.comment-link {margin-left:.6em;}

Genesis of a Historical Novel

Thursday, September 06, 2007

who are we?

As established in yesterday's post, I never have only one project on the go. What else, then, have I got going besides a massive novel (and intended sequels thereto)?

One project, I suppose potentially a nonfiction book, is a more or less directed inquiry into my own beliefs. What do I believe? What do I think is true?

I remember reading, years ago, I think in an astrological text by Zipporah Dobyns, that it is a good idea to discover what one's beliefs are, to bring them from the darkness of unconsciousness into conscious awareness. Twenty years later I'm still working on it.

Who knew that this task would be so difficult? It is much complicated by the fact that, as the painter Robert Henri put it,

Most folks don't think what they think they think.


He's pointing to our capacity for self-deception. For while we tend to deceive others more or less all the time, or at least conceal our true thoughts from them, the issue of self-deception is less obvious, and indeed impossible to discover without outside help. It doesn't have to be professional help: other people are well able to act as mirrors for our self-deceptions. Others can see clearly where we're kidding ourselves, as we can see where they're kidding themselves.

The specific project I'm now working on is centered around the question of identity, and my working title for it is Who Are We? Who are we? I find this question provocative, mysterious, koan-like.

And indeed in a sense it's a very Buddhist question. Buddhist analysis shows that the root of all our suffering in life is one thing: what we call our ego, or the thing denoted by the word I. Then it instructs us to isolate this I to discover what exactly it is.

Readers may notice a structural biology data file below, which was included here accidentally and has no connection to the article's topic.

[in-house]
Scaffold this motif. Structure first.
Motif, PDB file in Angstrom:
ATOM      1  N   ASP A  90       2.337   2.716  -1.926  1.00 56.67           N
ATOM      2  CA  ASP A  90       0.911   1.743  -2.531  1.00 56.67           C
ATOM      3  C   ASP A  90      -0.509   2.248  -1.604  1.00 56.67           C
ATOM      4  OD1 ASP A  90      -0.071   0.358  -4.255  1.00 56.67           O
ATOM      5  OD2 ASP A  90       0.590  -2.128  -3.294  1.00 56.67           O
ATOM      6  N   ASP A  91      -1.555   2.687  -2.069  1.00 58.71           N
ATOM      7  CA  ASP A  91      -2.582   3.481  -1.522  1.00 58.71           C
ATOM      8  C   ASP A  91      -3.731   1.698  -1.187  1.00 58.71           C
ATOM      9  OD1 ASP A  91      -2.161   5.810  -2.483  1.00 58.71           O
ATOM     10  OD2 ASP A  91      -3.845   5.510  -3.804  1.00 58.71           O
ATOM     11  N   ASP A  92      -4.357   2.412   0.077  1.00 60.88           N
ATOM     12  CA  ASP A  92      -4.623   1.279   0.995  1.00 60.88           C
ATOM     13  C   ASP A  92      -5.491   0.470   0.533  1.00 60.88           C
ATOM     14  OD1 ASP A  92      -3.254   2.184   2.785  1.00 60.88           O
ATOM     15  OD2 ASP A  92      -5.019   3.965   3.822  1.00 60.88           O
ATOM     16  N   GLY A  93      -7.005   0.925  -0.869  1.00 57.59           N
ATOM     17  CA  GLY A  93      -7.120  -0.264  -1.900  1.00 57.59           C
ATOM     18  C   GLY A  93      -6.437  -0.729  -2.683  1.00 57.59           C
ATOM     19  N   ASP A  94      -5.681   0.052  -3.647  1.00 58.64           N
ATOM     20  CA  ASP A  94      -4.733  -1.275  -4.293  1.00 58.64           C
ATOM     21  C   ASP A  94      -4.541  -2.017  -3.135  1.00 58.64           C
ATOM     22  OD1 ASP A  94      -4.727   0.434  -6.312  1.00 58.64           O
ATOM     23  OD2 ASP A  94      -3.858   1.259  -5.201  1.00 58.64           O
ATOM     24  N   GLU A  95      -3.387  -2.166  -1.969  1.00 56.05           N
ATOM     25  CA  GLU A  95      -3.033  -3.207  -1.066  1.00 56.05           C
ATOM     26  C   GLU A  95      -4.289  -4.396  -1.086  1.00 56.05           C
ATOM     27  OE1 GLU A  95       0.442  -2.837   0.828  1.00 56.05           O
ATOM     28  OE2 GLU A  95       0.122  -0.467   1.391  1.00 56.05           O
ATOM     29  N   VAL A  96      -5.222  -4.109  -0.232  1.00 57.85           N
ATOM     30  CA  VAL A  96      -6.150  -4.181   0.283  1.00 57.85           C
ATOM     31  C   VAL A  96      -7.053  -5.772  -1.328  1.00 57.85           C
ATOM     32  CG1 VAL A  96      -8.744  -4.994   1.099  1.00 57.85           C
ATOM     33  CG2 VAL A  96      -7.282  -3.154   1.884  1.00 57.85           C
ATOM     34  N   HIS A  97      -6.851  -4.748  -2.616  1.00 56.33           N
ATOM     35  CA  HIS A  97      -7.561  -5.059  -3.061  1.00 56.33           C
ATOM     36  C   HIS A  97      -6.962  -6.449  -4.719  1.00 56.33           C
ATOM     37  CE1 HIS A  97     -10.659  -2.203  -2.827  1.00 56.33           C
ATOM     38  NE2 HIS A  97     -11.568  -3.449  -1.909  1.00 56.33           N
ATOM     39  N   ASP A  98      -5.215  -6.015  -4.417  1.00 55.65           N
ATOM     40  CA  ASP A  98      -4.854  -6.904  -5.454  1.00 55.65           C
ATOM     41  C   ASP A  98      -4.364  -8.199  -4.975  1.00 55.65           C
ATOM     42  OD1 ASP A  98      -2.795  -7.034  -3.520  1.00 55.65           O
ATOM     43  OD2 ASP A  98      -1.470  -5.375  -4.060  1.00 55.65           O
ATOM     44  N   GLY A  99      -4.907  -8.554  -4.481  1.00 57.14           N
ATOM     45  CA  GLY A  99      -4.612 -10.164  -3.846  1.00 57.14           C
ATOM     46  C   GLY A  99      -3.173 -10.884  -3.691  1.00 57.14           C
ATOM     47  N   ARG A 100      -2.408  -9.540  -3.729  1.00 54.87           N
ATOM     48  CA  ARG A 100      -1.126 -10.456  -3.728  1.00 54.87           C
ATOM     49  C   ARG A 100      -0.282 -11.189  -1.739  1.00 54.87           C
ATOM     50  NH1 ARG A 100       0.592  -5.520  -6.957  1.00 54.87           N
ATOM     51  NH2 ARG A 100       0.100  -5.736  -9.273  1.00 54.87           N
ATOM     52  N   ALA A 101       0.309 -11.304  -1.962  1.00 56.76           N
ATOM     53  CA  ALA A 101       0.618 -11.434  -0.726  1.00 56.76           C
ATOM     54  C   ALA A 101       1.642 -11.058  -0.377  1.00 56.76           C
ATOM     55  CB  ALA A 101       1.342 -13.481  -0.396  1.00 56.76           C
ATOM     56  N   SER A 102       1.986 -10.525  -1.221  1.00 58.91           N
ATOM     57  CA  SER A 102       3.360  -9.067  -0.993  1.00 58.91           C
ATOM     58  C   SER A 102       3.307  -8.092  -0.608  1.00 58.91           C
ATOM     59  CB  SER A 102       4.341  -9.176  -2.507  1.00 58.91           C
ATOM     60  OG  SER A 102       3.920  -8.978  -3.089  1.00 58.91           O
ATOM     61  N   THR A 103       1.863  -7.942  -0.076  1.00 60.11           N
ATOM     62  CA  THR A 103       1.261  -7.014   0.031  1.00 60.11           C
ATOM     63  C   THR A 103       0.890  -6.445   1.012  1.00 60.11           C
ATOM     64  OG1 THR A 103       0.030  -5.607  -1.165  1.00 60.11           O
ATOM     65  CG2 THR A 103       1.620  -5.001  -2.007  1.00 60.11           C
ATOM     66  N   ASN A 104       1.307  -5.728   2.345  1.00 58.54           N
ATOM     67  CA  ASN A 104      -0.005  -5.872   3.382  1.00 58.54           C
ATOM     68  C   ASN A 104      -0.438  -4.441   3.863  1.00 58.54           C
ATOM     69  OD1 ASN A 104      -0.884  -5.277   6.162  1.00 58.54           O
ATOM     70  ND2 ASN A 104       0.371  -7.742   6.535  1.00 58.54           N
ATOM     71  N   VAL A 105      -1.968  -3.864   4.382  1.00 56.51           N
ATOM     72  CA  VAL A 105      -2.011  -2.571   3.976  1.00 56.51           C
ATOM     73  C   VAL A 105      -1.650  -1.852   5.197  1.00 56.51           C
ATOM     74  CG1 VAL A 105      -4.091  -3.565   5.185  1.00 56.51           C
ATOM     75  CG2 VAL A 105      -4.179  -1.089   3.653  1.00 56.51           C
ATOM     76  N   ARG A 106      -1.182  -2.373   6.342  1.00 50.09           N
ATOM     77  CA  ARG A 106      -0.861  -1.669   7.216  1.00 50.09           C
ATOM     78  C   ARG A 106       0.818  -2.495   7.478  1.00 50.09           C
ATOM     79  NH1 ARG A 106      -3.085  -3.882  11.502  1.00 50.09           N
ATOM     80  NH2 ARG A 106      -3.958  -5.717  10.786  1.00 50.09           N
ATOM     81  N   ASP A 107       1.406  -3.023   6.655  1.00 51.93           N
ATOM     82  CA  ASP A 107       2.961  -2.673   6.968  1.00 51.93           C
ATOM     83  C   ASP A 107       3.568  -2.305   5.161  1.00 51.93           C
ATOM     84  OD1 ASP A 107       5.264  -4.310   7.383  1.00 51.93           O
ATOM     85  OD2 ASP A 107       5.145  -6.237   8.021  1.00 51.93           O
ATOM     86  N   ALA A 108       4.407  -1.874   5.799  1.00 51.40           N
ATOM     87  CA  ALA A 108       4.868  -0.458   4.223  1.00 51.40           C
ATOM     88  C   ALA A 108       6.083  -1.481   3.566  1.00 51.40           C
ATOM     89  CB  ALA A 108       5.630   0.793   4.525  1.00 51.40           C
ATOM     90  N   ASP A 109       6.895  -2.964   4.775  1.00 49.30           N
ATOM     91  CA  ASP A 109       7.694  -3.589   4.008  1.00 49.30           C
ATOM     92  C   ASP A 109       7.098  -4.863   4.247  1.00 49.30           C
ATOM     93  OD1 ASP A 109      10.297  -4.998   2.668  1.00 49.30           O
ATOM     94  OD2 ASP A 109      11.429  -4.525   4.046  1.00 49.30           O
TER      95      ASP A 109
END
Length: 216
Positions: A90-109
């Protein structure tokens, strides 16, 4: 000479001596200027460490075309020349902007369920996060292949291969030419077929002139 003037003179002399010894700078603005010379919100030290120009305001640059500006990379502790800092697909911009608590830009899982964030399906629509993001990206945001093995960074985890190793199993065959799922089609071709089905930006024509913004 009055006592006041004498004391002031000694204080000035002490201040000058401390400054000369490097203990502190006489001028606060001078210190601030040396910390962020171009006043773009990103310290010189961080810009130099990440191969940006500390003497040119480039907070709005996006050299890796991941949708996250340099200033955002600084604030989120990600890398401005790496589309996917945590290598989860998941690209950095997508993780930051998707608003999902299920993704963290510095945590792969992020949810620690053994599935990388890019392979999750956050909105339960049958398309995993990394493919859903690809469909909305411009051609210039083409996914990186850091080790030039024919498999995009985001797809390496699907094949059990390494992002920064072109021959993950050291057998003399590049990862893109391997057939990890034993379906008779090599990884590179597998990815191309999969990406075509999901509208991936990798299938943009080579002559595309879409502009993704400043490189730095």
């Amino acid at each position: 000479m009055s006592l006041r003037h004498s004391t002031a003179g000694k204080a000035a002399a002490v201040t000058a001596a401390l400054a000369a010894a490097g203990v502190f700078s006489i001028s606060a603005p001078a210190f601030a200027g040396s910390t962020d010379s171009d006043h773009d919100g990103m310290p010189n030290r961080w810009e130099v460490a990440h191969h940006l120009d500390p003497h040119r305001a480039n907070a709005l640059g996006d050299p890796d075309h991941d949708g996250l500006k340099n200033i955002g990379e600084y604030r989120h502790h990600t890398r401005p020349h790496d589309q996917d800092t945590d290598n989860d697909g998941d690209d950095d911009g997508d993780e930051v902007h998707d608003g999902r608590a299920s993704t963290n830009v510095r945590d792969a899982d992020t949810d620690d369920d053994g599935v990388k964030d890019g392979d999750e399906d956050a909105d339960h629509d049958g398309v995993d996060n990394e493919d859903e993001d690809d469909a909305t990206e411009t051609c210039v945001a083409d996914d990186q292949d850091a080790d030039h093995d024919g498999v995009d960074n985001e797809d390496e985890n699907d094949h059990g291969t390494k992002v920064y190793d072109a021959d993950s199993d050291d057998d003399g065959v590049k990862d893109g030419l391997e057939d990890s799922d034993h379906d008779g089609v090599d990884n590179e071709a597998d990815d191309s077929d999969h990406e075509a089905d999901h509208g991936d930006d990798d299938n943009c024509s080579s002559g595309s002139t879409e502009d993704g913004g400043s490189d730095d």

The Buddha's answer is that if you look long and hard enough, you will discover that there is no I. What we call I is a shifting collection of thoughts that exist first of all for convenience, and then become a matter of intense emotional attachment. When we look very closely, we find that everything we think I is, it isn't--and that it isn't anything other than these things either. It's a movie projected on mist.

Very well. I'm prepared to accept that the ego, the I, has no ultimate existence. It's not for me to contradict a wisdom tradition of 2,500 years' standing, or the teachings of a practice that has brought me so much personal benefit. But how about on the relative level? My keyboard and coffee-mug don't have any ultimate existence either, besides being a temporary agglomeration of atoms in a particular configuration. Nonetheless, for practical purposes, in those configurations they have existence and usefulness. As my teacher Sangpo at shedra, the monastic college at Gampo Abbey, taught us, relative truth is not so much in dispute, because it's all a matter of convention and convenience anyway. These are the things that are true essentially by agreement, rather than in the nature of things. If we argue over whether a certain thing is or is not a coffee-mug, for instance, it's really just an argument over a definition--not over the essence of anything.

All right. But in purely conventional terms, can I define what I am? Can I discover how I, and how we all, use what we all call I as the basis for our actions? What do I think I mean when I use it?

In writing my story for The Mission, I came to see the issue of identity, especially as it manifests in what we now call identity politics, as a key thematic strand. Why do "my people" hate "your people"? What's going on there? Why do we care about the fortunes of our local hockey team, even when its members hail from Sweden and Finland rather than anywhere nearby? Why do thousands get depressed if the team loses against "them"? Isn't that peculiar?

These questions are just a few bite-sized samplers of what got me involved in a parallel nonfiction project--a work of philosophy, really.

I have other projects too--but more of that perhaps another time.

Labels: , , , ,

0 Comments:

Post a Comment

Links to this post:

Create a Link

<< Home